Restructuring guide for employers

Planning workplace change or restructuring your business? Understanding the fundamentals of workplace change/change management is essential for all managers.

What is a restructure?

Restructuring is a process that an organisation may go through when change is required to improve how it operates.

Organisations may consider restructuring for a number of reasons. The major catalysts are when the business needs to change how the workforce looks because one of the following reasons:

  • there is a sale or transfer of a business (this is classed as a technical restructure and there are)
  • new or improved technology
  • product changes
  • loss of supplier markets
  • change in consumer or market demand
  • financial reasons, i.e. payroll can no longer afford staff

HOW DOES A RESTRUCTURE LOOK?

Strategic change can result in organisational structure developments such as:

  • creating new roles
  • merging existing roles
  • removing roles
  • a combination of the above

THE MOST IMPORTANT THINGS TO REMEMBER 

  • The restructure needs to be for genuine reasons - people can see through businesses that use the process to remove employees for other reasons. Remember, if you conduct the process unfairly or unreasonably by leaving gaps along the way you could find yourself responding to a personal grievance

  • Always go into the process with an open mind and be willing to consider employee feedback. You may have a predetermined path in mind, however employees will often provide feedback that results in better longterm outcomes for the company so consider their thoughts carefully

  • Avoid personalising the process - what do you require from your people to ensure the business's success and longevity? Organisations will often seek an external consultant to provide objective advice and help deliver a hard message without personal relationships blurring the lines of communication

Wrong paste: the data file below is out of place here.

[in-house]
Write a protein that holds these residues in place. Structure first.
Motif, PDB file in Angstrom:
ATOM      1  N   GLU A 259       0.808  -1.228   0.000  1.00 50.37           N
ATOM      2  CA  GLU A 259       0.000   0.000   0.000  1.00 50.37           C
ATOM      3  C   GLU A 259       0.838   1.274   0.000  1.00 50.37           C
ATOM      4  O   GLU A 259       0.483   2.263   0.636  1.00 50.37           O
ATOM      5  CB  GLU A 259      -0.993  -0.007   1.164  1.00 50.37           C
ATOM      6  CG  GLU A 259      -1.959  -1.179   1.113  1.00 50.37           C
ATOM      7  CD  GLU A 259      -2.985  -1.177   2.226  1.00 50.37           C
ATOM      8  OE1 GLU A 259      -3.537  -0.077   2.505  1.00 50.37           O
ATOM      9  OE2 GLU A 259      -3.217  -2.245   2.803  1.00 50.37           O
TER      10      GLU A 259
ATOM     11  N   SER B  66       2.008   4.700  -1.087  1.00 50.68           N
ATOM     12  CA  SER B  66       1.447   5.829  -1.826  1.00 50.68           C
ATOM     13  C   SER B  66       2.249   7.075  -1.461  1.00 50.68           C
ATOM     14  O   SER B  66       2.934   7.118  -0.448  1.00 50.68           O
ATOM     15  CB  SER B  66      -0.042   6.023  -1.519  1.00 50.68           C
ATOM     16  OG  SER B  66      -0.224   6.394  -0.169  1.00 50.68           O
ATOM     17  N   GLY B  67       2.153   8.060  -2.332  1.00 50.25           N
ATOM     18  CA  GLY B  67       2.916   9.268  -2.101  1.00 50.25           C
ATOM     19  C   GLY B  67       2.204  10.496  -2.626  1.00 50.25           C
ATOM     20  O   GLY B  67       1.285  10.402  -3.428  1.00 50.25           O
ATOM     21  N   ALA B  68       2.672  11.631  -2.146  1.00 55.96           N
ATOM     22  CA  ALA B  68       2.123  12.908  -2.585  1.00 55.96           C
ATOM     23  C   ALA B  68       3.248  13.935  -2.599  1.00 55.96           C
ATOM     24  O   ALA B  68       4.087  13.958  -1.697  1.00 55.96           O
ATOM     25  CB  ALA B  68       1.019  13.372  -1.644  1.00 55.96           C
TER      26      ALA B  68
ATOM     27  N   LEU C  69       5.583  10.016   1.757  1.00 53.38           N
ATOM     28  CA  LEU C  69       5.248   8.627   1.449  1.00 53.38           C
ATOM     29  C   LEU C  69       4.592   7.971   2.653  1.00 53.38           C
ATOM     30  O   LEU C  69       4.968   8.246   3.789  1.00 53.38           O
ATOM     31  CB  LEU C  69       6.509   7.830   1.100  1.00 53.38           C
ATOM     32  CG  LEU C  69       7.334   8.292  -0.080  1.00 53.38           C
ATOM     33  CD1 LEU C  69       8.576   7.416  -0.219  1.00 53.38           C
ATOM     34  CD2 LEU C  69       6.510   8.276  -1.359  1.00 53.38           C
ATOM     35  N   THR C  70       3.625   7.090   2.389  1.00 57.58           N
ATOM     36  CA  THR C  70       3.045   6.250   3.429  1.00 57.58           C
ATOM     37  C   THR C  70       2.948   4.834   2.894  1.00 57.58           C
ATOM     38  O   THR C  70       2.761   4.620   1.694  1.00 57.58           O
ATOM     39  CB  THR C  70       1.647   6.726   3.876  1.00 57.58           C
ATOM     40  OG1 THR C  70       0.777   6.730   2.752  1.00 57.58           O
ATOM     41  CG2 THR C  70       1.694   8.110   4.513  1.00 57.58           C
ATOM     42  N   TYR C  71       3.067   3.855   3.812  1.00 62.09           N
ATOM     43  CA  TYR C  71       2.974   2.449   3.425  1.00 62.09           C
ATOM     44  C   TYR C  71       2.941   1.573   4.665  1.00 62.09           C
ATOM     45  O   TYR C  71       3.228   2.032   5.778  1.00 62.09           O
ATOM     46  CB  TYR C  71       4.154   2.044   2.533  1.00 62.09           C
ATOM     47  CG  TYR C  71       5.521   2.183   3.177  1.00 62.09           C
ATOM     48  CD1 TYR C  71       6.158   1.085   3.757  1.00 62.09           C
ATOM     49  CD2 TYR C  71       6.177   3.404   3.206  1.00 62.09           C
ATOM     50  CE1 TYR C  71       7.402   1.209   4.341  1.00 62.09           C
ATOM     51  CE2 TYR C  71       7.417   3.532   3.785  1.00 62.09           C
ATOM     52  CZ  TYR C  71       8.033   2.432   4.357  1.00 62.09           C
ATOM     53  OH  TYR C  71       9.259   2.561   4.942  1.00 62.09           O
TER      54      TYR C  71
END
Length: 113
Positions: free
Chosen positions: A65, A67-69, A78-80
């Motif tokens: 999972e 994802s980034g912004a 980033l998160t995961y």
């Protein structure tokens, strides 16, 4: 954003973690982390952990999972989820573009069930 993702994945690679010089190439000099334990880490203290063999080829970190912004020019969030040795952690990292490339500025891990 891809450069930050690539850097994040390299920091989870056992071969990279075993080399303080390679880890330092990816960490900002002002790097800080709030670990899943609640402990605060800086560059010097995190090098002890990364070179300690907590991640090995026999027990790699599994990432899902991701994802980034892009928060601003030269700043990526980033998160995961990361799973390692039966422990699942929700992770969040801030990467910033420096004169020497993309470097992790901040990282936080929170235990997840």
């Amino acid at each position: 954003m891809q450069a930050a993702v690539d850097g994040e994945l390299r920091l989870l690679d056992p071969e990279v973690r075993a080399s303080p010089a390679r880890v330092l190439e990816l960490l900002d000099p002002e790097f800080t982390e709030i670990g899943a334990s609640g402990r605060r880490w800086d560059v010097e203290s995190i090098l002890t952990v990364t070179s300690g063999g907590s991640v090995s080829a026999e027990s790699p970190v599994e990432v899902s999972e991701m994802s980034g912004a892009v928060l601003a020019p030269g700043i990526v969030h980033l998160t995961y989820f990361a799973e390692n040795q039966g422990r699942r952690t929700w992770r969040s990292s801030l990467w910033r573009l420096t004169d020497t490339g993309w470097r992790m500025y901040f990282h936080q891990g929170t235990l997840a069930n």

WHO CAN SUPPORT ME WHEN CONDUCTING A RESTRUCTURE?

Some organisations will use a combination of HR consultants and lawyers. 

HR consultants tend to be the 'boots on the ground' - guiding businesses through the process - and are usually present during employee meetings. Our consultants are always there alongside the employer during this process. HR consultants also tend to provide cost-effective documentation for the processes. If you have good HR support you may not necessarily need to engage with a lawyer.

Lawyers provide advice on the legal process that needs to be followed and will often provide support when a personal grievance has been the outcome of the process. Regardless of how robust your restructuring process is, an employee is entitled to challenge it. Employees can and do engage advocates (non-lawyers) or lawyers to challenge processes. It is particularly important that you follow the correct process when this happens; however it can be prevented by a well-communicated strategy from the outset.

CONSIDERING RESTRUCTURING NOW OR GOING FORWARD?

If you need to adapt your operating model to a new environment and your people could be affected by this, we highly recommend seeking HR support sooner rather than later to ensure that your business is best prepared and you can provide the best options.

RESTRUCTURE GUIDE FOR EMPLOYERS

For further business advice and support, download our complimentary Restructuring Guide for Employers here.